AMD’s 32-core Threadripper 2 challenges Intel as Vega 2 GPUs wait in the wings
If you thought Intel’s new 28-core CPU was impressive, wait until you get a look at AMD’s new monster chip. The Threadripper 2 CPU increases the core count to 32 and with multithreading has 64-thread support. Better yet, it can be cooled with a simple air chiller and can make use of the existing TR4 socket.
Not giving Intel any time to enjoy the buzz surrounding its newly announced 28-core CPU at Computex, AMD followed it up just a day later with its own debut of a second generation of Threadripper CPUs. Ranging in core counts from 24 to 32, the new-generation of high-end CPUs will be available in the third quarter of this year and should offer serious competition to even the most powerful of Intel’s chips.
Although we don’t know what their clock speeds will be, we do know that the new AMD chips will require quite a lot of power. The top-of-the-line Threadripper 2 CPU will need 250Watts all to itself. However, we’re told that air cooling is perfectly possible on such designs, something that in its on-stage head-to-head with Intel hardware, AMD was keen to point out. The Intel competition used a water cooling setup.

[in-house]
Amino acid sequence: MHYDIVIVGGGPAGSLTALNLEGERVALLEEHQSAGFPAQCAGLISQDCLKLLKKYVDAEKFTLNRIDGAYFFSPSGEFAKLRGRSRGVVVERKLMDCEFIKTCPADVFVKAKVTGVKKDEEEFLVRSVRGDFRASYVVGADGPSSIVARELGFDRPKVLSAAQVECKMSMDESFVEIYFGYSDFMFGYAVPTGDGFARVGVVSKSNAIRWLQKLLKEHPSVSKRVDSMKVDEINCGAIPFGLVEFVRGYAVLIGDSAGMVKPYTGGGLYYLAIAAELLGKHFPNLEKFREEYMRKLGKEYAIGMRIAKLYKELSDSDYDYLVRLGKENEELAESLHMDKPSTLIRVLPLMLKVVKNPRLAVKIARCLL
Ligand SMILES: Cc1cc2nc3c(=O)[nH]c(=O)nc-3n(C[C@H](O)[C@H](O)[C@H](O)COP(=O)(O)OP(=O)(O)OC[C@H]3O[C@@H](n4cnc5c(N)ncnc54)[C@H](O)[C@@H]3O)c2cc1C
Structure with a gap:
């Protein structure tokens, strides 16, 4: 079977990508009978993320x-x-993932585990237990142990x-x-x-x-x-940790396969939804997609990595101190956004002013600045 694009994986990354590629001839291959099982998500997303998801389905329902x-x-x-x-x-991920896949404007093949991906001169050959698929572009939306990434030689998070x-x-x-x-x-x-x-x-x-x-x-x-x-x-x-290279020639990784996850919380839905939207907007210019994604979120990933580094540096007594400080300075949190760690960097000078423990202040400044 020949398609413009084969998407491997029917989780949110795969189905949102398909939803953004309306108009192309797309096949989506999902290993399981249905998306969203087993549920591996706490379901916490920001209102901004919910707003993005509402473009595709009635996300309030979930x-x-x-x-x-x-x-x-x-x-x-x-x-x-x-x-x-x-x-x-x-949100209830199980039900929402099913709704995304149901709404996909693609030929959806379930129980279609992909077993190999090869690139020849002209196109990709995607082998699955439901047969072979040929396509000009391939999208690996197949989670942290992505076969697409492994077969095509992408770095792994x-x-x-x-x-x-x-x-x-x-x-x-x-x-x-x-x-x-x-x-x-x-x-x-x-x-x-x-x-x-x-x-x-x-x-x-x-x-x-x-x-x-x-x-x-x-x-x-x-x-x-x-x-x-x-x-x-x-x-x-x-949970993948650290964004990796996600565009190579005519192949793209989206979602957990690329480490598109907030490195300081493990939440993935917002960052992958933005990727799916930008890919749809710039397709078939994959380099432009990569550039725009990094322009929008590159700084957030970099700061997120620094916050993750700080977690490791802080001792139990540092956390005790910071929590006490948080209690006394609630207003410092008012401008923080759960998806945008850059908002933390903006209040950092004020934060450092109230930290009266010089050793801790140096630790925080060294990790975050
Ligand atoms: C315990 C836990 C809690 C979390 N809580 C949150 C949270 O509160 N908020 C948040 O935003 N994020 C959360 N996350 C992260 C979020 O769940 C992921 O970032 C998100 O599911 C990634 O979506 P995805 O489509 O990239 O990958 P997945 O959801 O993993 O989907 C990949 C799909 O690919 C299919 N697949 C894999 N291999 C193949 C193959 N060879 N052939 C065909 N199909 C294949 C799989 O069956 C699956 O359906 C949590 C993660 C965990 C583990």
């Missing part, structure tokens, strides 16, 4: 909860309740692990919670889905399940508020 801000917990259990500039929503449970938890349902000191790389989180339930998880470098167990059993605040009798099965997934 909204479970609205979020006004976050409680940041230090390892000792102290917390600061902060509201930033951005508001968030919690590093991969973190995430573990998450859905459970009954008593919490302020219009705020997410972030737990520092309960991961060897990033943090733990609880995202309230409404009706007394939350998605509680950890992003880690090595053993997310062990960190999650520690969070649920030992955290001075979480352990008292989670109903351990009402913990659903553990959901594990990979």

There are still plenty of additional details about the new Threadripper chips we want to learn, but if pricing is anything like the last generation, they should be much more affordable than their Intel counterparts.
Elsewhere in its Computex reveal, AMD showed off some upcoming developments in its Radeon graphics division. A new RX Vega 56 Nano Edition, developed by Powercolor, is said to offer the same power as AMD’s Vega 56 graphics cards, but in a much smaller form factor. No benchmarks have been released to showcase how comparable its performance is with that of a standard Vega 56 or how capable its cooling is. Considering its small form factor, Powercolor will need to have done something clever to keep it from getting too toasty.
AMD also discussed where its graphics line is going in the future. It showed off an example of the first 7nm graphics chip and said that graphics cards sporting it with as much as 32GB of second-generation high bandwidth memory (HBM2) will launch at some point in the second half of this year. However, AMD CEO Lisa Su did add the caveat that the first cards would be part of AMD’s enterprise-focused Radeon Instinct line and that Navi-based graphics cards for gamers would come later.
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